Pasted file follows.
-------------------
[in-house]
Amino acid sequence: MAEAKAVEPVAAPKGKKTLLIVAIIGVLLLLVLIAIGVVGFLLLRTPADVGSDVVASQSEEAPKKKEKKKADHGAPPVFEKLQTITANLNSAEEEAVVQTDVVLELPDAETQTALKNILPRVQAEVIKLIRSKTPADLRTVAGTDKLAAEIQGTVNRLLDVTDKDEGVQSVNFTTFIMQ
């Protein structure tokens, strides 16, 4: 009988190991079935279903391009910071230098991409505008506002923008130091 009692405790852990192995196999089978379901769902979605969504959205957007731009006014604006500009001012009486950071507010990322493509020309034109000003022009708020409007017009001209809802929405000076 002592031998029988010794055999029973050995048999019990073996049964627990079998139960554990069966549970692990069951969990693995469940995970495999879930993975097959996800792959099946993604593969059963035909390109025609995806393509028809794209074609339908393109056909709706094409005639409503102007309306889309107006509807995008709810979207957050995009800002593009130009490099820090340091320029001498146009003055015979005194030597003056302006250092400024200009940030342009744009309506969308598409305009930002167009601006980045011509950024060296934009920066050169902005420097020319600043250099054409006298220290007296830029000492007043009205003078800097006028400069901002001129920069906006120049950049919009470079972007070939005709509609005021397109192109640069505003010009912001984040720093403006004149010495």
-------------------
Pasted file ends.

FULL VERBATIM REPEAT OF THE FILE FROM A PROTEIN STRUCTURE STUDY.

[in-house]
Amino acid sequence: MAEAKAVEPVAAPKGKKTLLIVAIIGVLLLLVLIAIGVVGFLLLRTPADVGSDVVASQSEEAPKKKEKKKADHGAPPVFEKLQTITANLNSAEEEAVVQTDVVLELPDAETQTALKNILPRVQAEVIKLIRSKTPADLRTVAGTDKLAAEIQGTVNRLLDVTDKDEGVQSVNFTTFIMQ
């Protein structure tokens, strides 16, 4: 009988190991079935279903391009910071230098991409505008506002923008130091 009692405790852990192995196999089978379901769902979605969504959205957007731009006014604006500009001012009486950071507010990322493509020309034109000003022009708020409007017009001209809802929405000076 002592031998029988010794055999029973050995048999019990073996049964627990079998139960554990069966549970692990069951969990693995469940995970495999879930993975097959996800792959099946993604593969059963035909390109025609995806393509028809794209074609339908393109056909709706094409005639409503102007309306889309107006509807995008709810979207957050995009800002593009130009490099820090340091320029001498146009003055015979005194030597003056302006250092400024200009940030342009744009309506969308598409305009930002167009601006980045011509950024060296934009920066050169902005420097020319600043250099054409006298220290007296830029000492007043009205003078800097006028400069901002001129920069906006120049950049919009470079972007070939005709509609005021397109192109640069505003010009912001984040720093403006004149010495």